Matrix determinants and differentiation

  1. I'm having trouble understanding where this concept comes from:
    Step 1) If you start out with the following two equations

    v + log u = xy
    u + log v = x - y.

    Step 2) And then perform implicit differentiation, taking v and u to be dependent upon both x and y:
    (d will represent the partial derivative symbol):

    dv/dx + (1/u)du/dx = y
    du/dx + (1/v)dv/dx = 1

    I can do some simple Gaussian reduction and obtain:
    du/dx = [u(v-y)]/[uv-1] which is the same answer my book gives, the only difference is that my book uses this method to find du/dx:

    Step 3)
    det(Row 1:yu, u; Row 2: v, 1)/det(Row 1: 1, u; Row 2: v, 1)
    which reduces to: (yu)(1) - (u)(v))/(1)(1) - (u)(v).
    If the two matrices were A, and B, respectively, then:
    a11 = yu, a12 = u, a21 = v, a22 = 1.
    b11 = 1, b12 = u, b21 = v, b22 = 1
    (sorry, I don't know how to put a real matrix into here)

    And my problem is that I just don't understand where these matrices came from. I think this may be some formula from linear algebra that I just don't remember, but my book gives no reference to what it's doing, and goes directly from step 2 to step 3, so I'm really kind of lost right now. Any help would be appreciated.
     
  2. jcsd
  3. Hurkyl

    Hurkyl 16,089
    Staff Emeritus
    Science Advisor
    Gold Member

    It looks they used Cramer's rule to solve the linear system of equations, rather than Gaussian elimination. (They also cleared denominators before solving)

    I couldn't guess why -- Cramer's rule is rather good for proving theorems but rather bad for calculation. I suppose the 2x2 case isn't quite so bad, though.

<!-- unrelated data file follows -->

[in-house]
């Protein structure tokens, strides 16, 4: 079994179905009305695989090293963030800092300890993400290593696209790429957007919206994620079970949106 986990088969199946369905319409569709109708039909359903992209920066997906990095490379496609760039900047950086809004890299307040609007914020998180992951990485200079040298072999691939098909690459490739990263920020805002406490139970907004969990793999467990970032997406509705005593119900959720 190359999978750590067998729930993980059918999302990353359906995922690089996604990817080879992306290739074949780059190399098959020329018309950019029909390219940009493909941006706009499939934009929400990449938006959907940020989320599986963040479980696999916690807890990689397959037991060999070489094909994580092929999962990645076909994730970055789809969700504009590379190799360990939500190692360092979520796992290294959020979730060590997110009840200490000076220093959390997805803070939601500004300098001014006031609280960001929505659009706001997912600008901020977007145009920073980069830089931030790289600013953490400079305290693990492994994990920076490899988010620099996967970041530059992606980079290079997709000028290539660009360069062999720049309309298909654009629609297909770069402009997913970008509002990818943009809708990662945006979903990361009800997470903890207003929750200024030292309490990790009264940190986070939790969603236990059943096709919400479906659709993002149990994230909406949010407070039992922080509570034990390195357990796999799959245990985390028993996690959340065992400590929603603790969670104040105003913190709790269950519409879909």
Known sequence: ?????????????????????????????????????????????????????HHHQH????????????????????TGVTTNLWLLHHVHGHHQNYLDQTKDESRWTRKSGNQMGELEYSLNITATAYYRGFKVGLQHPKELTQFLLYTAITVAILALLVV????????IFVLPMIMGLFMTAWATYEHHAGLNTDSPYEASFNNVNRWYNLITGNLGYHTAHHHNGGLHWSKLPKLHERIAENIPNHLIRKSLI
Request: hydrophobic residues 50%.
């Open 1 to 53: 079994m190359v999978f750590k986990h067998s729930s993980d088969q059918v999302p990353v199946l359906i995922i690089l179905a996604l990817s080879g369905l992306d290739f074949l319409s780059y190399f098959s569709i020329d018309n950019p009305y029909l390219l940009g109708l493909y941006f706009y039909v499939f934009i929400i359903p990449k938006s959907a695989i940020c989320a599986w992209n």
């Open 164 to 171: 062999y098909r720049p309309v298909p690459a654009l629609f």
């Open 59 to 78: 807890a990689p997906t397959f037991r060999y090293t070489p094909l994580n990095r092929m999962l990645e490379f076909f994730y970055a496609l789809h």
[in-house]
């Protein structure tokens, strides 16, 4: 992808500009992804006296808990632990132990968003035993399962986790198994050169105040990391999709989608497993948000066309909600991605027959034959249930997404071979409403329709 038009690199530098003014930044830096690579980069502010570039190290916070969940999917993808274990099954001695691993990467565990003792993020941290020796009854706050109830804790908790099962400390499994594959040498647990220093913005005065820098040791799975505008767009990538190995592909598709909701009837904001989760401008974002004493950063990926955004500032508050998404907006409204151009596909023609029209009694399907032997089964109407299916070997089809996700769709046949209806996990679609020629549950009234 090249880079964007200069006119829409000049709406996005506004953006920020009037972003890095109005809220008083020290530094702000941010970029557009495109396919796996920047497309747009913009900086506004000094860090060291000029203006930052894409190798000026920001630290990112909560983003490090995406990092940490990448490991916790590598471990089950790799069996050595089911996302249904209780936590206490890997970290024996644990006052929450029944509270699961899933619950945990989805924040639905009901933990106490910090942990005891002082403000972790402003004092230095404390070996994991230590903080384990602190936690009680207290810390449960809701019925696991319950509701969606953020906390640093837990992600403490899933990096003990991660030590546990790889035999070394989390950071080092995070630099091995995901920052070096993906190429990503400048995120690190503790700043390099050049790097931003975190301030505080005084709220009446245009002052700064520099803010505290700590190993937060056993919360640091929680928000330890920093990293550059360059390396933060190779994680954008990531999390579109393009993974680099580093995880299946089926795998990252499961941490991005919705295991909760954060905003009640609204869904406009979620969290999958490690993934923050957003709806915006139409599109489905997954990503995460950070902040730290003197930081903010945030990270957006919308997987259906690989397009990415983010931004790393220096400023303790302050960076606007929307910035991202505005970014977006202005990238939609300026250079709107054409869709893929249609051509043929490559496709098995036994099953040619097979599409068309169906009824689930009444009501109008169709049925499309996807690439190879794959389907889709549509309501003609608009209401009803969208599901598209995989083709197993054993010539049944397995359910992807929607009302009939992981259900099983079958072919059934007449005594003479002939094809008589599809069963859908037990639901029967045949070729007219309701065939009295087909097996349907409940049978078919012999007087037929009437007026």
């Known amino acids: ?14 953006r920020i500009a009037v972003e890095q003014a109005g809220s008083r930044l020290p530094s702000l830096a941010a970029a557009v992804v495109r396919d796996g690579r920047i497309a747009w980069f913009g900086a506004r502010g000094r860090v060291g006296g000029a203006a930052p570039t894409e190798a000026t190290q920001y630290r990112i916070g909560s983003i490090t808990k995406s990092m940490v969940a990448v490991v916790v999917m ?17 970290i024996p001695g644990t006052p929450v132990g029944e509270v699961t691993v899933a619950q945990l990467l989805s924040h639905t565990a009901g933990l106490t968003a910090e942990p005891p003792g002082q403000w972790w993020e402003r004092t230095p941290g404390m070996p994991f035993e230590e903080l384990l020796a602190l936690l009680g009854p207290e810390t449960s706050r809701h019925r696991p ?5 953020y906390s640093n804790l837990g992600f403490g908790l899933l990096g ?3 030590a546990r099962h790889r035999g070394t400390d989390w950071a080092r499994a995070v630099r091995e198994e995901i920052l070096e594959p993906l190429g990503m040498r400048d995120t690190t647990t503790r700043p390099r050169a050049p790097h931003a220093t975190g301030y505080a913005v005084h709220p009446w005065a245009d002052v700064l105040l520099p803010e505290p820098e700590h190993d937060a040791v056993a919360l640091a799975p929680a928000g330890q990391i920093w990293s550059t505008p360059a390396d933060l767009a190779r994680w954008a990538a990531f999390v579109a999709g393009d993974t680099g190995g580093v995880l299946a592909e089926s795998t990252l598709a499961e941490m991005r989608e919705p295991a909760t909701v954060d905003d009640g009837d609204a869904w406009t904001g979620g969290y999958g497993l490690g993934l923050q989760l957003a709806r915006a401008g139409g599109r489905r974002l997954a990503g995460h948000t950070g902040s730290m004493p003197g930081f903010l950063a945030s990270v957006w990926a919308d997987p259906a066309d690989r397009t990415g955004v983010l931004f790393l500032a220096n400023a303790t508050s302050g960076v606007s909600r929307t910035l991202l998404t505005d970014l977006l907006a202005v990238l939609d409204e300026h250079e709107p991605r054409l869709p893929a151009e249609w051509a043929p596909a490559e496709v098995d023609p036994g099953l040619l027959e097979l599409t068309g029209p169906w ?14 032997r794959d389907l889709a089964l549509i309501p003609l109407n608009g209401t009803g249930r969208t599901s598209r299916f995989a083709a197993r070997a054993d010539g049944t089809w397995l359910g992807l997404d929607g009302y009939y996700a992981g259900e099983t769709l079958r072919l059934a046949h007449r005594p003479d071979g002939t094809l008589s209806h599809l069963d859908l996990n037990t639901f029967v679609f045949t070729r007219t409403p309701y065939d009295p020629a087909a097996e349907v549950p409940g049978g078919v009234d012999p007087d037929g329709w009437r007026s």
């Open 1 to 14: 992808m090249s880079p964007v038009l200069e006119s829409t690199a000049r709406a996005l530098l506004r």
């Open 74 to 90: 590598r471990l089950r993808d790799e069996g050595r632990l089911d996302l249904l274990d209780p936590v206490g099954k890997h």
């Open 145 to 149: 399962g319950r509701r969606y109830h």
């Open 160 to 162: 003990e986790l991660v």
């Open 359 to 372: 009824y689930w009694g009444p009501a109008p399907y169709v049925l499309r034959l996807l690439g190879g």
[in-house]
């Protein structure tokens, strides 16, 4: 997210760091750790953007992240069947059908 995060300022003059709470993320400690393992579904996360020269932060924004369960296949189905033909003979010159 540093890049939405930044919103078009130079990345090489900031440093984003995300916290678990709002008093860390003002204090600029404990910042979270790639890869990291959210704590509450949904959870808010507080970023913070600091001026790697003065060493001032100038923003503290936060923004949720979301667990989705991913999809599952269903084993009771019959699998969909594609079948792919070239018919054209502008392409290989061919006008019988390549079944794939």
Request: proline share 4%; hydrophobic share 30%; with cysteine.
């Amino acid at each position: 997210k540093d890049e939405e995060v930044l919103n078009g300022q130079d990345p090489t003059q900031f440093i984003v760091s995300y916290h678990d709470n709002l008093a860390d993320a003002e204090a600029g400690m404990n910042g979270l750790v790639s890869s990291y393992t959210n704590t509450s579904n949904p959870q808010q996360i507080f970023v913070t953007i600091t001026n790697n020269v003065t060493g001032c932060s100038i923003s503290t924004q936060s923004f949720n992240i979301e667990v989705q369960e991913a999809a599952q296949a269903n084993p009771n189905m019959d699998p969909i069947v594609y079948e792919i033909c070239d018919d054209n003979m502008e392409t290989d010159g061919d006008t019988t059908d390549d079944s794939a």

4. statdad

    statdad 1,478
    Homework Helper

    t_m:
    Your system of equations for the derivatives is
    [tex]
    \begin{align*}
    \frac 1 u \frac{du}{dx} + \frac{dv}{dx} & = y \\
    \frac{du}{dx} + \frac 1 v \frac{dv}{dx} & = 1
    \end{align*}
    [/tex]

    Multiply the equations to clear fractions:

    [tex]
    \begin{align*}
    \frac{du}{dx} + u \cdot \frac{dv}{dx} & = uy\\
    v \cdot \frac{du}{dx} + \frac{dv}{dx} & = v
    \end{align*}
    [/tex]

    This can be put into matrix form as

    [tex]
    \begin{bmatrix}
    1 & u \\ v & 1
    \end{bmatrix}
    \,
    \begin{bmatrix}
    {du}/{dx} \\ {dv}/{dx}
    \end{bmatrix} =
    \begin{bmatrix}
    uy \\ v
    \end{bmatrix}
    [/tex]

    and, as Hurkyl said, Cramer's rule was apparently used. My only reasoning about why it was used in this case: by using Cramer's rule the numerator and denominator of the solutions are easier to keep track of than they are when you use Gaussian elimination.
     
  5. I see, now it makes sense. Thanks for the help! Also, when I hover the mouse over those matrices you used it has some LaTeX script, can I just write that script into the text box on here? Or do you have do something else?
     
  6. statdad

    statdad 1,478
    Homework Helper

    you need to enclose the latex markup in delimiters, like this:

    [ t e x ]
    your markup goes in here
    [/ t e x]

    I left the spaces in "tex" and "/tex" to avoid problems with my note. You do need the [] pair in each case.
     
  7. For two by two it doesn't matter but I thought Cramer's rule was good for symbolic calculations but not so good for numeric calculations.
     
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